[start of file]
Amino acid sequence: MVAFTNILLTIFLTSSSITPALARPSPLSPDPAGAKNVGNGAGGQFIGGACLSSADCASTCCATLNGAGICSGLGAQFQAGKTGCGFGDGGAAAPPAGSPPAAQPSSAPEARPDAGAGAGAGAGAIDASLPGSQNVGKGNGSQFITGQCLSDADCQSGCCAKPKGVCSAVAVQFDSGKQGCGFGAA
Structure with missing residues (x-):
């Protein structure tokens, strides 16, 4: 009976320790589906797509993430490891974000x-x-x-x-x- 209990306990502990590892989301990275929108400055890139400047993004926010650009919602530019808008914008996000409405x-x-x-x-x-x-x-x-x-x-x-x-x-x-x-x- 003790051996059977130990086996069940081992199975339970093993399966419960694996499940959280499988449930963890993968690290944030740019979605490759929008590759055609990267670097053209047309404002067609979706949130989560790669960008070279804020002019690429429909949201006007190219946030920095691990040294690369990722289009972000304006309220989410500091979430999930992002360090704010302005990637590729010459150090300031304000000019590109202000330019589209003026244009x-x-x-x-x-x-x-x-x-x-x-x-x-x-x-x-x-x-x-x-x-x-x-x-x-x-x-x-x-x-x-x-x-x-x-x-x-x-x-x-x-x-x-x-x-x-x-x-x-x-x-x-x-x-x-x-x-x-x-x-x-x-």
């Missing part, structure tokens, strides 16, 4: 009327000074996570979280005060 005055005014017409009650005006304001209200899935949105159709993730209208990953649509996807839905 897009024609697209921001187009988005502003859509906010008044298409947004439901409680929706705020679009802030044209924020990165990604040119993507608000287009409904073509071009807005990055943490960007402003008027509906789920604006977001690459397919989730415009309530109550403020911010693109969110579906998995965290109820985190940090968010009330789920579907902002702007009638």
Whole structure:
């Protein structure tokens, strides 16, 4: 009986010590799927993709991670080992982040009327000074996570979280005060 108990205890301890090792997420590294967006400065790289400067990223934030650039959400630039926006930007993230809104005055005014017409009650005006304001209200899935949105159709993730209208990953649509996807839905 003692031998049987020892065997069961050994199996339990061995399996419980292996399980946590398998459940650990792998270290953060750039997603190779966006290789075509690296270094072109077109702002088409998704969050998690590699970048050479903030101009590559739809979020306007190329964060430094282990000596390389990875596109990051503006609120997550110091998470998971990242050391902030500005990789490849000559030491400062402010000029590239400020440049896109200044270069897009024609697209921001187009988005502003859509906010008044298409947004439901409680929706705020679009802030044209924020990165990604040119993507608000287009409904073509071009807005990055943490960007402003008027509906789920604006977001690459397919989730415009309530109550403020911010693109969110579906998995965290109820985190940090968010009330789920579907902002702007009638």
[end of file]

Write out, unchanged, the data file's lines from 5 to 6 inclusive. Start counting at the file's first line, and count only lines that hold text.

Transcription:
Whole structure:
């Protein structure tokens, strides 16, 4: 009986010590799927993709991670080992982040009327000074996570979280005060 108990205890301890090792997420590294967006400065790289400067990223934030650039959400630039926006930007993230809104005055005014017409009650005006304001209200899935949105159709993730209208990953649509996807839905 003692031998049987020892065997069961050994199996339990061995399996419980292996399980946590398998459940650990792998270290953060750039997603190779966006290789075509690296270094072109077109702002088409998704969050998690590699970048050479903030101009590559739809979020306007190329964060430094282990000596390389990875596109990051503006609120997550110091998470998971990242050391902030500005990789490849000559030491400062402010000029590239400020440049896109200044270069897009024609697209921001187009988005502003859509906010008044298409947004439901409680929706705020679009802030044209924020990165990604040119993507608000287009409904073509071009807005990055943490960007402003008027509906789920604006977001690459397919989730415009309530109550403020911010693109969110579906998995965290109820985190940090968010009330789920579907902002702007009638």